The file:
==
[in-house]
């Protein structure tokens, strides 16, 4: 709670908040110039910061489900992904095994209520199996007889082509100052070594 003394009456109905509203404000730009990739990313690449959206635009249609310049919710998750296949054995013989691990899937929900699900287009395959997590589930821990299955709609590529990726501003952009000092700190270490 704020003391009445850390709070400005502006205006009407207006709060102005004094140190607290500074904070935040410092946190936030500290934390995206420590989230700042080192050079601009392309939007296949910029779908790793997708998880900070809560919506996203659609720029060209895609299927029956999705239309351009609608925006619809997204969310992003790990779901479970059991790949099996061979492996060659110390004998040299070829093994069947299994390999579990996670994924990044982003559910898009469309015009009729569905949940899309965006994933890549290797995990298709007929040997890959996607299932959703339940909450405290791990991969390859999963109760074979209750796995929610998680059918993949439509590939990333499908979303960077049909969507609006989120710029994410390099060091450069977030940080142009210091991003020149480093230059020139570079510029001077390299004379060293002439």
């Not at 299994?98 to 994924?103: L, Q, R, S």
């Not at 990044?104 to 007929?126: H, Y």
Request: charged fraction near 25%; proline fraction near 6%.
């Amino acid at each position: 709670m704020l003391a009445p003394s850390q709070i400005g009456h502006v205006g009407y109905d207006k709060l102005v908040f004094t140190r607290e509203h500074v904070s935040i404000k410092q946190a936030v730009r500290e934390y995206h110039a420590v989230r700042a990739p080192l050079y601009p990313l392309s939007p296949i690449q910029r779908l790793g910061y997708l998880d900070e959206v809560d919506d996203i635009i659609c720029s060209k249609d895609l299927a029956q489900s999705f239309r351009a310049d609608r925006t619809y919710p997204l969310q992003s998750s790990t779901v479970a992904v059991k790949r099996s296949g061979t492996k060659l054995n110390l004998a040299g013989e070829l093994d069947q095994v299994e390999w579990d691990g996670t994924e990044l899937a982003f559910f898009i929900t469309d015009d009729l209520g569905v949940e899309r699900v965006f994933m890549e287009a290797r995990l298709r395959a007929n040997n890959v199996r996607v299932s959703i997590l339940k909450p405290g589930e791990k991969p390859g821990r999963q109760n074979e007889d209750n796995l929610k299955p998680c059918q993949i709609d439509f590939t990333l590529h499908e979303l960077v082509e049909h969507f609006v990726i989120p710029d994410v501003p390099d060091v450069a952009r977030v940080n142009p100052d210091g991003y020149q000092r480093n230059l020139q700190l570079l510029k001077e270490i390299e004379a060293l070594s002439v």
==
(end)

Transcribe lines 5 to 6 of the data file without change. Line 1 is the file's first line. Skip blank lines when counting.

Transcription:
Request: charged fraction near 25%; proline fraction near 6%.
């Amino acid at each position: 709670m704020l003391a009445p003394s850390q709070i400005g009456h502006v205006g009407y109905d207006k709060l102005v908040f004094t140190r607290e509203h500074v904070s935040i404000k410092q946190a936030v730009r500290e934390y995206h110039a420590v989230r700042a990739p080192l050079y601009p990313l392309s939007p296949i690449q910029r779908l790793g910061y997708l998880d900070e959206v809560d919506d996203i635009i659609c720029s060209k249609d895609l299927a029956q489900s999705f239309r351009a310049d609608r925006t619809y919710p997204l969310q992003s998750s790990t779901v479970a992904v059991k790949r099996s296949g061979t492996k060659l054995n110390l004998a040299g013989e070829l093994d069947q095994v299994e390999w579990d691990g996670t994924e990044l899937a982003f559910f898009i929900t469309d015009d009729l209520g569905v949940e899309r699900v965006f994933m890549e287009a290797r995990l298709r395959a007929n040997n890959v199996r996607v299932s959703i997590l339940k909450p405290g589930e791990k991969p390859g821990r999963q109760n074979e007889d209750n796995l929610k299955p998680c059918q993949i709609d439509f590939t990333l590529h499908e979303l960077v082509e049909h969507f609006v990726i989120p710029d994410v501003p390099d060091v450069a952009r977030v940080n142009p100052d210091g991003y020149q000092r480093n230059l020139q700190l570079l510029k001077e270490i390299e004379a060293l070594s002439v």